A Booke of Receipts for the Mannour of Sunderidge, 1677-1717

Item date: 1677-1717
Grant Value: £402
Item cost: £402
Item date acquired: 2021
Item institution: Kent History and Library Centre
Town/City: Maidstone
County: Kent

Sarah Stanley ACR, Service Manager, writes: The Kent History and Library Centre has recently acquired a receipt book for the manor of Sundridge with the aid of a grant from the Friends of the National Libraries.

The volume’s title page describes it as ‘A booke of Receipts of all the Quitt rents, Heriotts, Aliena[c]ions, Reliefs, Amercements and other P[er]quisites belonging to the Mannour of Sundridge in the County of Kent’. The manor of Sundridge or Sundrish comprised the whole of the parish of Sundridge, most of the parish of Chiddingstone and part of the parish of Hever, and covered nearly 8,000 acres in all. The volume has sections for Sundridge Upland and Sundridge Weald which were separate manors by 15th century.

The earliest accounts, for 10 October 1677, record the collection of rents and estreats from tenants in the Weald. The last page in the volume, also relating to Weald, has the date 20 November 1714, but the book’s arrangement is not strictly chronological and the latest entry dates from 16 March 1717/18.

Sundridge manor was acquired by John Hyde (1611-1677) of Sundridge Place in about 1640. He was succeeded as lord of the manor by his nephew Humfrey Hyde (1636-1719) and the entries for 1680 include the receipt of £10 16s for three years’ quit rent due the previous Michaelmas “… by order of my Brother Sr B. [Bernard] Hyde…”.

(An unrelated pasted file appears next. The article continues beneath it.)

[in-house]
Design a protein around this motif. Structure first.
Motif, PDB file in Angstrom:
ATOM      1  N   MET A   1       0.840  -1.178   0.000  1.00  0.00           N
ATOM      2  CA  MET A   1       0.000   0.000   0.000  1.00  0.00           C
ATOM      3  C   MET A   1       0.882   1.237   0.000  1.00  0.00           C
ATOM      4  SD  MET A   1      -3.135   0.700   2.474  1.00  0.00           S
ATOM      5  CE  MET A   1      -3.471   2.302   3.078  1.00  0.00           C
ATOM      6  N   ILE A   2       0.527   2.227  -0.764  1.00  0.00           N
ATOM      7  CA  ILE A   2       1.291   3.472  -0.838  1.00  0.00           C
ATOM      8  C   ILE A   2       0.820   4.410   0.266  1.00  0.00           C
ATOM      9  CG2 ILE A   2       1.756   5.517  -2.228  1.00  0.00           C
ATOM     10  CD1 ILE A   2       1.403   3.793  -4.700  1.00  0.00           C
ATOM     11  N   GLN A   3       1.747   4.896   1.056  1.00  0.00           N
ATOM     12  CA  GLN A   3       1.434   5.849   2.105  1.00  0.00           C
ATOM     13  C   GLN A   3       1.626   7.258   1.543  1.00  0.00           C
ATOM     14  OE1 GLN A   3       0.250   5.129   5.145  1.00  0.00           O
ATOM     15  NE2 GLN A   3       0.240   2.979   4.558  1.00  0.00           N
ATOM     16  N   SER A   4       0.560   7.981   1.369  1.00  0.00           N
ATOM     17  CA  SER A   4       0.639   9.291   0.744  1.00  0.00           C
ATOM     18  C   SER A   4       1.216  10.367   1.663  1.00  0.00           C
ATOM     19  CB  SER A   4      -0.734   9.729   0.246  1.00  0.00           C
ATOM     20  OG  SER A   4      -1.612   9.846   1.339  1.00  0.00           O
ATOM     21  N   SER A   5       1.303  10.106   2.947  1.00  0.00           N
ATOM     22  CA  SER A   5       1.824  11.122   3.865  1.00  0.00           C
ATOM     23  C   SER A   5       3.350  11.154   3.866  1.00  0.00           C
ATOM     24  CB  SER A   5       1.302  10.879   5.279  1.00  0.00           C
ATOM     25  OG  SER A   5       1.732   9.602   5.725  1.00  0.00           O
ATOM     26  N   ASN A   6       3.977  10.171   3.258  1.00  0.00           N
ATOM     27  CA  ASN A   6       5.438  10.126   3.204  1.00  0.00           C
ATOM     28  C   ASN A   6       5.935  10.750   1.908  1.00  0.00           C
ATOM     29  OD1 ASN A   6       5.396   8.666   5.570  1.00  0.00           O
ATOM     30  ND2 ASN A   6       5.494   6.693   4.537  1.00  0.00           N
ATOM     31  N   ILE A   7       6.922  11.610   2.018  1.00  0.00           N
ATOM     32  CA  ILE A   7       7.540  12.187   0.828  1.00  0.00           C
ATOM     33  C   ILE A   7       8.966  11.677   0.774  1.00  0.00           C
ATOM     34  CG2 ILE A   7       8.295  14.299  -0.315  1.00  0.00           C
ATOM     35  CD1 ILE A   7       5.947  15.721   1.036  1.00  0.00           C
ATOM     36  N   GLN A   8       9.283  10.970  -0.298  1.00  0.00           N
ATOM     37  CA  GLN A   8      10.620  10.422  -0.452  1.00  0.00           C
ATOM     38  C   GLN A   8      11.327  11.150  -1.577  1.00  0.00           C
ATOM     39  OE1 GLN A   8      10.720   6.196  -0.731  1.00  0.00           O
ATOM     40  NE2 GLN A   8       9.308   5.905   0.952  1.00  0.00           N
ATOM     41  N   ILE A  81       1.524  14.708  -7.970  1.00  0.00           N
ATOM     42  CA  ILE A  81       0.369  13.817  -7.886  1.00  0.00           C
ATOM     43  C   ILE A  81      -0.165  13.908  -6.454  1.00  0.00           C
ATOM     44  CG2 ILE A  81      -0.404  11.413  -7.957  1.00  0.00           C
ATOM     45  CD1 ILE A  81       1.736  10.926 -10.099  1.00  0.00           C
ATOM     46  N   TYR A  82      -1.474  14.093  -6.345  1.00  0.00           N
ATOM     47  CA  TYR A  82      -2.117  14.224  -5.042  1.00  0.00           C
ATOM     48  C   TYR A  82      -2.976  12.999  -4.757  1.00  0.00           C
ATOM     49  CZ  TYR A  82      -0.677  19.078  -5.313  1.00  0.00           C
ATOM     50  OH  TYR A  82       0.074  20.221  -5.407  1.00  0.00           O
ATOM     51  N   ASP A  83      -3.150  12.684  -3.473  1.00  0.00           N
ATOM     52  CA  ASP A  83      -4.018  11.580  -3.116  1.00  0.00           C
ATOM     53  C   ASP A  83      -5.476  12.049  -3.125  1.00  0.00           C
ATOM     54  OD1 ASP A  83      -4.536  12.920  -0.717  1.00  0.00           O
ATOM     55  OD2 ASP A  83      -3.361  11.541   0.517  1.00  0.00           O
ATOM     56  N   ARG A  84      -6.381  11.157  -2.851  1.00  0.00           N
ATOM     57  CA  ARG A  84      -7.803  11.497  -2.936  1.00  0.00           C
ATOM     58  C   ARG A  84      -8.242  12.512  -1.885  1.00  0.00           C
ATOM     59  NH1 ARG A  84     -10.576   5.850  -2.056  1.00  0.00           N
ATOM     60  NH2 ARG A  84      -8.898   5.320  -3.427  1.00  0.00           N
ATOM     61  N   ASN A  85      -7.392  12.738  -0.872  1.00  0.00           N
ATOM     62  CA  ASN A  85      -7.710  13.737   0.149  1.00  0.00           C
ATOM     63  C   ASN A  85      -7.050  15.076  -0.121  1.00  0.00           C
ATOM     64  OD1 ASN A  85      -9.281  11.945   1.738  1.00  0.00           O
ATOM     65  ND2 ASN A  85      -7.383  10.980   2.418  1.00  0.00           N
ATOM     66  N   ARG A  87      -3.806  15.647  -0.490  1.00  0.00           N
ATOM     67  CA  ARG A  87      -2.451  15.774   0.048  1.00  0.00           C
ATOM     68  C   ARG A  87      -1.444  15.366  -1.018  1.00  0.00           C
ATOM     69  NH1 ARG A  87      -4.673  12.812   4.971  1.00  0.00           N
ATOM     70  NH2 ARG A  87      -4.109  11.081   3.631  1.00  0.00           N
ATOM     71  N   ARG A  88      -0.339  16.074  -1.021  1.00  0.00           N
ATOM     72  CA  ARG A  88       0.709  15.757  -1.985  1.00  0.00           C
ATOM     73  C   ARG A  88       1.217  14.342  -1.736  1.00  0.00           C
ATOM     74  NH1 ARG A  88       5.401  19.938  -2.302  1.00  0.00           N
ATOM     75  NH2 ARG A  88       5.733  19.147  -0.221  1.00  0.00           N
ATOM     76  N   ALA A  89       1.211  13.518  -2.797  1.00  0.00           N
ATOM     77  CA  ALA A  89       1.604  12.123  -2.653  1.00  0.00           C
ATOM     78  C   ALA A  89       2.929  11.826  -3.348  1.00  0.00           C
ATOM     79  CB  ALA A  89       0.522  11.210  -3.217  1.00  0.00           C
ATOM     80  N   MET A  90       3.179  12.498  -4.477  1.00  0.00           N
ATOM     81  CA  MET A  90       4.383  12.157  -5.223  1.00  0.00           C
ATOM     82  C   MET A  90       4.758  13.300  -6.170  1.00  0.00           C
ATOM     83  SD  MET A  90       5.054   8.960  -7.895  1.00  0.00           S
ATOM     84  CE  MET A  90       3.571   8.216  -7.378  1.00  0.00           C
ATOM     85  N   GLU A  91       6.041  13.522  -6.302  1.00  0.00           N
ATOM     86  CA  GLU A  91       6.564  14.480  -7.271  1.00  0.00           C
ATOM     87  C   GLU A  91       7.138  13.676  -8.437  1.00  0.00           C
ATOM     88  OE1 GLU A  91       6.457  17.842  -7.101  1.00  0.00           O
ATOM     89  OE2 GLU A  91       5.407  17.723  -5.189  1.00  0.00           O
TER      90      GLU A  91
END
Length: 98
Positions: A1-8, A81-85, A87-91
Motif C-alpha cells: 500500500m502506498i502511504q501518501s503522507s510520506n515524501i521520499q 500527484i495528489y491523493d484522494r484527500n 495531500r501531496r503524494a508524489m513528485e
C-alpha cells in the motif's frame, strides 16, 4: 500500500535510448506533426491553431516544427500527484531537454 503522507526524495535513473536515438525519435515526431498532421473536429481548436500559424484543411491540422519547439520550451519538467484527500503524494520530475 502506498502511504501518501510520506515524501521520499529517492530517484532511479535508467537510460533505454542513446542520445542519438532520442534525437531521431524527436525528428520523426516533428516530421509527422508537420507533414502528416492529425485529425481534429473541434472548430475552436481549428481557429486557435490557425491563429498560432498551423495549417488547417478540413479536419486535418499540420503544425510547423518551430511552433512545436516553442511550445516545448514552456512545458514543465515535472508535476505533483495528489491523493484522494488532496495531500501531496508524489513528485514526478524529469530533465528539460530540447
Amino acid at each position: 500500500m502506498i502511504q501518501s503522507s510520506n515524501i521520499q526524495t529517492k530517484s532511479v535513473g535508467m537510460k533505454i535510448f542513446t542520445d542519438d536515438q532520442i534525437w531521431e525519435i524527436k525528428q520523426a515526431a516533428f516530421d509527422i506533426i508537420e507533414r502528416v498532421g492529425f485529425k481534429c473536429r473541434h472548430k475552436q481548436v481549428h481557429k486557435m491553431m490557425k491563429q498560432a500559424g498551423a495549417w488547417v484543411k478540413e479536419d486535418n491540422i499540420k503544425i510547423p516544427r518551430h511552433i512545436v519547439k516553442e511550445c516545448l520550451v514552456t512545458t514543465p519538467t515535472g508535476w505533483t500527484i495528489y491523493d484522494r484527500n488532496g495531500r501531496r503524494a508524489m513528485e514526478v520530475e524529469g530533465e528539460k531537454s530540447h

The receipts relate to payments of quit rents, usually for periods of several years and in arrears, reliefs and heriots. By this date, many of the quit rents were clearly nominal, often no more than a shilling or two for several years’ rents. A heriot became due when a tenancy was transferred as well as on the death of a tenant and although it should have been the tenant’s most valuable animal a money payment could be taken instead. Often this was a fixed amount of 3s 6d, but there are also references to payments in lieu of specific animals, such as 4s for a ‘hog’ and £1 for a mare.

The volume will be of interest to both family and local historians and its entries are a rich source of both personal and place names. To cite just a few examples, in 1680 Robert Watts paid 3s 6d for seven years’ quit rent for a tenement called Jefferies which he had purchased from Widow Barr of Bromley and in 1683 Lydia Cronck paid 3s 6d for a heriot, 4d for a relief and 1s 9d for outstanding quit rents for “Sounds Hawe (being one cottage & a field)” which she had inherited from Widow Philips, her grandmother. Also in 1683, Mr Lynn paid £1 10s for six years’ quit rent for the White Horse public house. There are several other entries for the White Horse, including a reference to the manor court being held there in 1717. 

The Kent History and Library Centre already had a transcript of the entries for 1677-1690 (TR3917/1) but this volume is a valuable addition to our holdings.

Item Provenance
Bought from Dominic Winter Auctions (17 February 2021, Lot 167)